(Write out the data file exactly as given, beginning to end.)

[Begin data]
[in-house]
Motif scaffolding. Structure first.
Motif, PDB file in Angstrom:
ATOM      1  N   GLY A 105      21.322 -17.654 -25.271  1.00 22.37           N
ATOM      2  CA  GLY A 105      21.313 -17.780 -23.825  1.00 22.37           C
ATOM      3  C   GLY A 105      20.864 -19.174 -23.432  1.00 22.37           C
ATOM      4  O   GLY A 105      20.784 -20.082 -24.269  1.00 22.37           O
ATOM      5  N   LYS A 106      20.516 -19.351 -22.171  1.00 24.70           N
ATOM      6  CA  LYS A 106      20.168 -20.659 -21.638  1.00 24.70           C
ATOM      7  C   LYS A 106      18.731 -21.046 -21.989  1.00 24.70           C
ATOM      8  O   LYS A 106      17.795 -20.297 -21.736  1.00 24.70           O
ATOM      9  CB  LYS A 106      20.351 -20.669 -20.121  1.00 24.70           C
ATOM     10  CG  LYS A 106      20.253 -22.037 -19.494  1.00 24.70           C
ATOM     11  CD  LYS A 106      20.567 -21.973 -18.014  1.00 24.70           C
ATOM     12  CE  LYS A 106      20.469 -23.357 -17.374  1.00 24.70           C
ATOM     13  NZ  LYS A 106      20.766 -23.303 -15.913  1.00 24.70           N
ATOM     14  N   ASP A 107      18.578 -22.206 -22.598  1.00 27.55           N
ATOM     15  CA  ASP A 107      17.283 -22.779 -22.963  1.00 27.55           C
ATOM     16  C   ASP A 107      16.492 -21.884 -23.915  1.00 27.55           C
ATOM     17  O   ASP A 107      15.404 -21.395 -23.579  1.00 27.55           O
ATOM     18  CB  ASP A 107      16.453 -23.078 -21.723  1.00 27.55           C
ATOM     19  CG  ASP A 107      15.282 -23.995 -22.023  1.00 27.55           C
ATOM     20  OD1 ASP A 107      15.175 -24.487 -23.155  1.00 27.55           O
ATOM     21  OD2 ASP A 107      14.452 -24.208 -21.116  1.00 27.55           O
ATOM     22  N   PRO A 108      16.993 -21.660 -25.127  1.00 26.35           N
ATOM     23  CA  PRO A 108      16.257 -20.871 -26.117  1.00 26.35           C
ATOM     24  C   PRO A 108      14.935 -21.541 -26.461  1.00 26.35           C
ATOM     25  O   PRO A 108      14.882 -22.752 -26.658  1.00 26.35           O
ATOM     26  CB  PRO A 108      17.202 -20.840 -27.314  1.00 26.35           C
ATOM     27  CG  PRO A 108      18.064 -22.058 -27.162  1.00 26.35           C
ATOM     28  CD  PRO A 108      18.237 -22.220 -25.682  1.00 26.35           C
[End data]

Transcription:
[in-house]
Motif scaffolding. Structure first.
Motif, PDB file in Angstrom:
ATOM      1  N   GLY A 105      21.322 -17.654 -25.271  1.00 22.37           N
ATOM      2  CA  GLY A 105      21.313 -17.780 -23.825  1.00 22.37           C
ATOM      3  C   GLY A 105      20.864 -19.174 -23.432  1.00 22.37           C
ATOM      4  O   GLY A 105      20.784 -20.082 -24.269  1.00 22.37           O
ATOM      5  N   LYS A 106      20.516 -19.351 -22.171  1.00 24.70           N
ATOM      6  CA  LYS A 106      20.168 -20.659 -21.638  1.00 24.70           C
ATOM      7  C   LYS A 106      18.731 -21.046 -21.989  1.00 24.70           C
ATOM      8  O   LYS A 106      17.795 -20.297 -21.736  1.00 24.70           O
ATOM      9  CB  LYS A 106      20.351 -20.669 -20.121  1.00 24.70           C
ATOM     10  CG  LYS A 106      20.253 -22.037 -19.494  1.00 24.70           C
ATOM     11  CD  LYS A 106      20.567 -21.973 -18.014  1.00 24.70           C
ATOM     12  CE  LYS A 106      20.469 -23.357 -17.374  1.00 24.70           C
ATOM     13  NZ  LYS A 106      20.766 -23.303 -15.913  1.00 24.70           N
ATOM     14  N   ASP A 107      18.578 -22.206 -22.598  1.00 27.55           N
ATOM     15  CA  ASP A 107      17.283 -22.779 -22.963  1.00 27.55           C
ATOM     16  C   ASP A 107      16.492 -21.884 -23.915  1.00 27.55           C
ATOM     17  O   ASP A 107      15.404 -21.395 -23.579  1.00 27.55           O
ATOM     18  CB  ASP A 107      16.453 -23.078 -21.723  1.00 27.55           C
ATOM     19  CG  ASP A 107      15.282 -23.995 -22.023  1.00 27.55           C
ATOM     20  OD1 ASP A 107      15.175 -24.487 -23.155  1.00 27.55           O
ATOM     21  OD2 ASP A 107      14.452 -24.208 -21.116  1.00 27.55           O
ATOM     22  N   PRO A 108      16.993 -21.660 -25.127  1.00 26.35           N
ATOM     23  CA  PRO A 108      16.257 -20.871 -26.117  1.00 26.35           C
ATOM     24  C   PRO A 108      14.935 -21.541 -26.461  1.00 26.35           C
ATOM     25  O   PRO A 108      14.882 -22.752 -26.658  1.00 26.35           O
ATOM     26  CB  PRO A 108      17.202 -20.840 -27.314  1.00 26.35           C
ATOM     27  CG  PRO A 108      18.064 -22.058 -27.162  1.00 26.35           C
ATOM     28  CD  PRO A 108      18.237 -22.220 -25.682  1.00 26.35           C